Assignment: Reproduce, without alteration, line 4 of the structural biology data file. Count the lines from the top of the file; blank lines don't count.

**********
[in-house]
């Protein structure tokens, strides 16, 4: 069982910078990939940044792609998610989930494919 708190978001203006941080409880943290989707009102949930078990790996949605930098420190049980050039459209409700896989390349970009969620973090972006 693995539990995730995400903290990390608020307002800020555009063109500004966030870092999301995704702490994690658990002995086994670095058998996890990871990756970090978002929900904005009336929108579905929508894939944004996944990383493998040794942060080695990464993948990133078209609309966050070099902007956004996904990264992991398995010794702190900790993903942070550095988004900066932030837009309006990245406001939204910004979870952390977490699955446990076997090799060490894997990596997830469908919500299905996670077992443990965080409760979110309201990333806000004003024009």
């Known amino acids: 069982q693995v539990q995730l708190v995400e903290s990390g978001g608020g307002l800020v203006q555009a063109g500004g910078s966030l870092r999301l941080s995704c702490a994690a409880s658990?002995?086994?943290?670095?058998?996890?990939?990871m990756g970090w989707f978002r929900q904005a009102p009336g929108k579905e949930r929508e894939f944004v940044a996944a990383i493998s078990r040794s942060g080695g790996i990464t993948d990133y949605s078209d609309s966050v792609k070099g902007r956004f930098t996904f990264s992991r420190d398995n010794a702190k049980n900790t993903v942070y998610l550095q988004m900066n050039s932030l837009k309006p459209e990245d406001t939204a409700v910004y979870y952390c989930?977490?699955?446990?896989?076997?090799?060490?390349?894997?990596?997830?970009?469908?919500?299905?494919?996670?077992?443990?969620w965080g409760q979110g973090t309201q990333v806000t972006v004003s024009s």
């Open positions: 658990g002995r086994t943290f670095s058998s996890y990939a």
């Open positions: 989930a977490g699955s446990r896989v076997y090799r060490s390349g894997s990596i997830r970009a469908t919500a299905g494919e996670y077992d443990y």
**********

């Open positions: 658990g002995r086994t943290f670095s058998s996890y990939a």